World of Kings is the latest in a long line of autoplay MMORPGs on mobile and that will either please or horrify you depending on your feelings towards the genre.

The big features with this one are its extensive races and class features (there are four races to play as and a whopping nine classes, each of which can upgrade to one of three different advanced classes later in the game), the gorgeous visuals that wouldn’t look out of place on PC, and it’s movement away from pay to win.

The latter of those features might have excited you the most, so let’s clarify: this is still a game that you’ll likely need to drop a bit of cash on at some point. Sure, it’s a lot less greedy than most thanks, in huge part, to a cash shop that relies on cosmetics over powerful weapons.

But then you’ll notice that there are three different subscriptions to pay for, each of which offers a different enhancement. We’re both for and against this – for, because you get the choice to only subscribe for what you need rather than everything for a higher cost and against because all three are pretty pricey and we’re not sure at this point how much you’ll need them.

World of Kings Features Less of a Focus on Pay to Win

We can say that our early experience has been pretty easygoing in terms of needing to pay, but that’s often the case with a freemium game. We’ve had no trouble battling through dungeons and completing quests, with the drops we’ve accumulated along the way more than sufficing.

What struck is initially about World of Kings was just how beautiful it is, and the developers clearly realise that too – they’re always panning the camera across the game’s sweeping vistas, showing off the attention to detail. That’s not really a bad thing.

But that level of attention also extends to attack animations, character models, and the various different mounts and pets you unlock. While visuals are never the be all and end all, we’re still pretty taken with it.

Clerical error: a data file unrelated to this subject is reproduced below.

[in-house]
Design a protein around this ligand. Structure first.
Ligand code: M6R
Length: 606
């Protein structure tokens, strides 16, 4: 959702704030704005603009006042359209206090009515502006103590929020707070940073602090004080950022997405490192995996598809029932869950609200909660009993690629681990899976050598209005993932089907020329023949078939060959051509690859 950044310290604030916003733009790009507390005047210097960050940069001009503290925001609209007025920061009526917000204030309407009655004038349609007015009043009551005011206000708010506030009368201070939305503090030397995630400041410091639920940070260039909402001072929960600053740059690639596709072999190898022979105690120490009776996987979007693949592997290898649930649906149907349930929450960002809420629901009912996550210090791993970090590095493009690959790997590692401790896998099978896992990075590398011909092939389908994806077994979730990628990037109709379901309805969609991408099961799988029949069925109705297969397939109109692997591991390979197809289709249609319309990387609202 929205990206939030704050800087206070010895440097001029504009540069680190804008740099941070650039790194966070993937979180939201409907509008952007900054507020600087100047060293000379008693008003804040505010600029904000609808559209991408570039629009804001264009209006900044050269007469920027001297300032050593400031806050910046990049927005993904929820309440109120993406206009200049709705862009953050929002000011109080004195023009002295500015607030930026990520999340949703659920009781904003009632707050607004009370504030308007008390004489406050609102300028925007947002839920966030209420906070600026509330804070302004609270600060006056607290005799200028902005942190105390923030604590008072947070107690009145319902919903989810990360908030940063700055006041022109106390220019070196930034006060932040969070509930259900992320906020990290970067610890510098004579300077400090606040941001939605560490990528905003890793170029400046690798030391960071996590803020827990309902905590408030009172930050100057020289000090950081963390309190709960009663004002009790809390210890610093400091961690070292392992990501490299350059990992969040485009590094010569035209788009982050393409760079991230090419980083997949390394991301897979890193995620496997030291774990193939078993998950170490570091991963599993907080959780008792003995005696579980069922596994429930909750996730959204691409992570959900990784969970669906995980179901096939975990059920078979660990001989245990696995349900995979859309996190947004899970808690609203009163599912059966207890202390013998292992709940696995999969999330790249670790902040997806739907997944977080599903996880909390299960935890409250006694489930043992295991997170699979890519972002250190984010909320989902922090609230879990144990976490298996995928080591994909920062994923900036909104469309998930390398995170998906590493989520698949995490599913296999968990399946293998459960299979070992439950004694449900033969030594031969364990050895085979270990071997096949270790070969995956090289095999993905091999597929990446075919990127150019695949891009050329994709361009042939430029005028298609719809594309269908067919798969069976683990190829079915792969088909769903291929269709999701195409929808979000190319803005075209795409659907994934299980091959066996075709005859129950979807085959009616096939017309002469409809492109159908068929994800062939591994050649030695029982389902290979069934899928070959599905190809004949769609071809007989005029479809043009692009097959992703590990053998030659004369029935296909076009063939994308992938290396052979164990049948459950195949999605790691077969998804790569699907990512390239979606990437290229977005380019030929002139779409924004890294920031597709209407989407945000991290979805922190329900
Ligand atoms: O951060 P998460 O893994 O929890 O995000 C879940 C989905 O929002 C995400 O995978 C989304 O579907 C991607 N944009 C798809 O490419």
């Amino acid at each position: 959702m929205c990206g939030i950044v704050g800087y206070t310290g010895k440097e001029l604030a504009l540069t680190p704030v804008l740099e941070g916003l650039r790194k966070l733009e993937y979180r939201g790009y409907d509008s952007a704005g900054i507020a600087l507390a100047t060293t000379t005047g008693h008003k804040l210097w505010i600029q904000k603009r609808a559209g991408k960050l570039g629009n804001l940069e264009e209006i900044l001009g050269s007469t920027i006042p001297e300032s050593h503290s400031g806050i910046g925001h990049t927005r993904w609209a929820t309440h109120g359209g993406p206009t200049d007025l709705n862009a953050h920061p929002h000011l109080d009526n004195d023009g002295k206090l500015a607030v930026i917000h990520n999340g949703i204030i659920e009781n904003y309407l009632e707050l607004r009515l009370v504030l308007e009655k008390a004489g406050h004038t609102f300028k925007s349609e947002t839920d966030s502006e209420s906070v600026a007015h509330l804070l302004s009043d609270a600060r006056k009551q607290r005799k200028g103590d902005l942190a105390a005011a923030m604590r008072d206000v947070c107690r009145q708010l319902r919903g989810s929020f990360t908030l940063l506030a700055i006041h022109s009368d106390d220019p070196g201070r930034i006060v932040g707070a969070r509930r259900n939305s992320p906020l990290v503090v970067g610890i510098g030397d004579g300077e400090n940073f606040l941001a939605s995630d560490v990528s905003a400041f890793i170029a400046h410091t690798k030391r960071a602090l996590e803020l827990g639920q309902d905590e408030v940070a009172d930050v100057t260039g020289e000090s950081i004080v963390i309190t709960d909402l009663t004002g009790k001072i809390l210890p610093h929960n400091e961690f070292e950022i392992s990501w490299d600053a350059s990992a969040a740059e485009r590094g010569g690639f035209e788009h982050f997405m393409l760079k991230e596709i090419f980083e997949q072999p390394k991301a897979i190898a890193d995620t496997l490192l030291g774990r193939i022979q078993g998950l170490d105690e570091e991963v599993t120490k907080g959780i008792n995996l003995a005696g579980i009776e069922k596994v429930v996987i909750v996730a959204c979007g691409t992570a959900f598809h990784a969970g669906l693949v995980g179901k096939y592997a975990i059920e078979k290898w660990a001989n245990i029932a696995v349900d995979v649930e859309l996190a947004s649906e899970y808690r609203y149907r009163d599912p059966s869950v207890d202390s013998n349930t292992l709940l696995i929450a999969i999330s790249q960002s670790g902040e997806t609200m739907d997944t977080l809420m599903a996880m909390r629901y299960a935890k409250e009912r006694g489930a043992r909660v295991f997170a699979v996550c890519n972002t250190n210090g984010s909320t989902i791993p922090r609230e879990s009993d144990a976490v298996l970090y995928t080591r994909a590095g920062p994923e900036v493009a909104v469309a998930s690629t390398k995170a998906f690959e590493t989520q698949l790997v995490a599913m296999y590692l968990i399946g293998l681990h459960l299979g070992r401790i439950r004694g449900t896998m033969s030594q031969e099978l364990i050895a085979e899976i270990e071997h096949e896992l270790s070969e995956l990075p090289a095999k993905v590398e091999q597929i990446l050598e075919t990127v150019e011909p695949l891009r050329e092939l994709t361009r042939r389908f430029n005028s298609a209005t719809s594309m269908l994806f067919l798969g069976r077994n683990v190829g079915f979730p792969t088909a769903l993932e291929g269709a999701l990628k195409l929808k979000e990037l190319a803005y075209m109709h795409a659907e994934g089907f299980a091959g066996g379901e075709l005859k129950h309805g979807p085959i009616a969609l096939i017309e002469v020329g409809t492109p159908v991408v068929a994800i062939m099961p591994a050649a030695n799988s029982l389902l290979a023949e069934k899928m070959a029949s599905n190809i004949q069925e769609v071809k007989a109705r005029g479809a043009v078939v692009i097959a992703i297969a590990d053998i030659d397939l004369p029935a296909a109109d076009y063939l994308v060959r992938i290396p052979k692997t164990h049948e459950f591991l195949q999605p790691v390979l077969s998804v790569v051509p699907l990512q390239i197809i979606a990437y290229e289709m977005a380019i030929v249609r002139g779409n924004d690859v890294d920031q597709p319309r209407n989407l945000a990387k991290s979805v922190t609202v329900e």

Combat plays out automatically, as is typical of the genre. A feature we appreciated though was the ability to set a skill priority while autoattacking. MMORPGs generally feature desired rotations when unleashing skills and allowing us to set our own and the character just get on with it was pretty cool.

Combat Plays Out Automatically, as is Typical of the Genre

The animations are pretty nice too, and not overly flashy like in many others. It feels like a bit of a stripped back experience, in a good way, allowing you to appreciate the crunch of combat rather than just getting dazzled by a bunch of flashy skill animations.

The story doesn’t impress quite so much though. We’re still not sure why developers bother to even shove a story in these games, as it always feels like an afterthought and we mostly skip the garbage dialogue to get to the good bits. This is no exception, with the same nonsensical save the world rubbish we’ve seen thousands of times before.

Ultimately, World of Kings is a pretty solid new entry in the MMORPG genre on mobile. It doesn’t reinvent the wheel, so won’t tempt anyone who’s sceptical about the genre but fans might appreciate the huge variety of classes, gorgeous visuals, and lower levels of pay to win.